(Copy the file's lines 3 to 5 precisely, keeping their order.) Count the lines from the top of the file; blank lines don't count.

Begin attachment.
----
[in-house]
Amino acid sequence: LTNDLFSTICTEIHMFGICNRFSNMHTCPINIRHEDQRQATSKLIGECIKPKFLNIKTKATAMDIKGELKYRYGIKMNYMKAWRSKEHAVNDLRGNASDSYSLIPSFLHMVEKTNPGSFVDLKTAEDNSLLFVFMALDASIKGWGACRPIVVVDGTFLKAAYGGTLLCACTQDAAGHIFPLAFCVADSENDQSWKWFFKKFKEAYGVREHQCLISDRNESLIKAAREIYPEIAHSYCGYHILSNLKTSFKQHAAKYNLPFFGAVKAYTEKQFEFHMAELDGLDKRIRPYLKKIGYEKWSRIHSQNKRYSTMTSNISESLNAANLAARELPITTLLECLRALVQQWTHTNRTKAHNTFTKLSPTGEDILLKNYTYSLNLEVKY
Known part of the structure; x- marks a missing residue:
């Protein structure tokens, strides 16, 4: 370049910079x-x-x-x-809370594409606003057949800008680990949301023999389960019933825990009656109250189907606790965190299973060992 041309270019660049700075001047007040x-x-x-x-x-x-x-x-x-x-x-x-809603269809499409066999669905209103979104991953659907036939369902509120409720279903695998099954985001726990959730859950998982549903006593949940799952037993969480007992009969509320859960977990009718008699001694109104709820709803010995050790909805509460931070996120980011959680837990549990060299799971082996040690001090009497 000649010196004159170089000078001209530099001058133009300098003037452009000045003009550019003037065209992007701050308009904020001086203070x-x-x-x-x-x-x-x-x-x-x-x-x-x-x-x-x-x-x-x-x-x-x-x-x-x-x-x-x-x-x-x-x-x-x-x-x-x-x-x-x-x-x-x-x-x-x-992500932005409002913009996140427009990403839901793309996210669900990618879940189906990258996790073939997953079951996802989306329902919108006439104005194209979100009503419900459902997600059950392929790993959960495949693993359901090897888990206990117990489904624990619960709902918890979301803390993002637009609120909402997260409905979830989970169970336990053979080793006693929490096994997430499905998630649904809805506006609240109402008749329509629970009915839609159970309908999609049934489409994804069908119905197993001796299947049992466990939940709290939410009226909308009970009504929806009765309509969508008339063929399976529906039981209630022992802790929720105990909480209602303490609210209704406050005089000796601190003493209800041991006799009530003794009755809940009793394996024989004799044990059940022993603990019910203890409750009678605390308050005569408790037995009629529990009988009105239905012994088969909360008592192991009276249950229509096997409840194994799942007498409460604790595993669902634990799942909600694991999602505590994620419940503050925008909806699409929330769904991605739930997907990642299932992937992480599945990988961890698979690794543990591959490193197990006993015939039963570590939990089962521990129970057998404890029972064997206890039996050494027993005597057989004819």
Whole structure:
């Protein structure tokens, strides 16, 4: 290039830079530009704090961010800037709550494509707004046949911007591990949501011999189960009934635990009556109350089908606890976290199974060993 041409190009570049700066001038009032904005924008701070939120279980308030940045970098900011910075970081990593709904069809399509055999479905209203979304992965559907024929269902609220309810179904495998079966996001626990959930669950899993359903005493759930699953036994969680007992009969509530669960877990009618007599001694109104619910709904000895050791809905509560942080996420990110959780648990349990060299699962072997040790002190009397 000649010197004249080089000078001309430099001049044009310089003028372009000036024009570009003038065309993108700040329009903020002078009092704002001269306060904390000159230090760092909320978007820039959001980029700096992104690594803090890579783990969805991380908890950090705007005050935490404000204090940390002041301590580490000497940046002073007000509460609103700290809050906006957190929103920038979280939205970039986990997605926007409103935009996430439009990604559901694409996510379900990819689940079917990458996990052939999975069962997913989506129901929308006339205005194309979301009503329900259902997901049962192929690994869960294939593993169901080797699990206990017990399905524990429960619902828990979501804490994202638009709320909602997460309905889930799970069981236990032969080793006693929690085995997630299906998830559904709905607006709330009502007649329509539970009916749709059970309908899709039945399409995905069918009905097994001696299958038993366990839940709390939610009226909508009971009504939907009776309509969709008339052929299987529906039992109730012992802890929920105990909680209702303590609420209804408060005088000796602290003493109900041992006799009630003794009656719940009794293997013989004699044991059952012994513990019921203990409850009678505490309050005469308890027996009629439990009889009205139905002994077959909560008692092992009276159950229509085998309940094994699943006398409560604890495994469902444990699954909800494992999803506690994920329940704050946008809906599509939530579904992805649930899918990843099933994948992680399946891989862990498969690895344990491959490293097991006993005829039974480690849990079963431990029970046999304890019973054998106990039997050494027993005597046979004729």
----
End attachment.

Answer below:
Known part of the structure; x- marks a missing residue:
């Protein structure tokens, strides 16, 4: 370049910079x-x-x-x-809370594409606003057949800008680990949301023999389960019933825990009656109250189907606790965190299973060992 041309270019660049700075001047007040x-x-x-x-x-x-x-x-x-x-x-x-809603269809499409066999669905209103979104991953659907036939369902509120409720279903695998099954985001726990959730859950998982549903006593949940799952037993969480007992009969509320859960977990009718008699001694109104709820709803010995050790909805509460931070996120980011959680837990549990060299799971082996040690001090009497 000649010196004159170089000078001209530099001058133009300098003037452009000045003009550019003037065209992007701050308009904020001086203070x-x-x-x-x-x-x-x-x-x-x-x-x-x-x-x-x-x-x-x-x-x-x-x-x-x-x-x-x-x-x-x-x-x-x-x-x-x-x-x-x-x-x-x-x-x-x-992500932005409002913009996140427009990403839901793309996210669900990618879940189906990258996790073939997953079951996802989306329902919108006439104005194209979100009503419900459902997600059950392929790993959960495949693993359901090897888990206990117990489904624990619960709902918890979301803390993002637009609120909402997260409905979830989970169970336990053979080793006693929490096994997430499905998630649904809805506006609240109402008749329509629970009915839609159970309908999609049934489409994804069908119905197993001796299947049992466990939940709290939410009226909308009970009504929806009765309509969508008339063929399976529906039981209630022992802790929720105990909480209602303490609210209704406050005089000796601190003493209800041991006799009530003794009755809940009793394996024989004799044990059940022993603990019910203890409750009678605390308050005569408790037995009629529990009988009105239905012994088969909360008592192991009276249950229509096997409840194994799942007498409460604790595993669902634990799942909600694991999602505590994620419940503050925008909806699409929330769904991605739930997907990642299932992937992480599945990988961890698979690794543990591959490193197990006993015939039963570590939990089962521990129970057998404890029972064997206890039996050494027993005597057989004819």
Whole structure: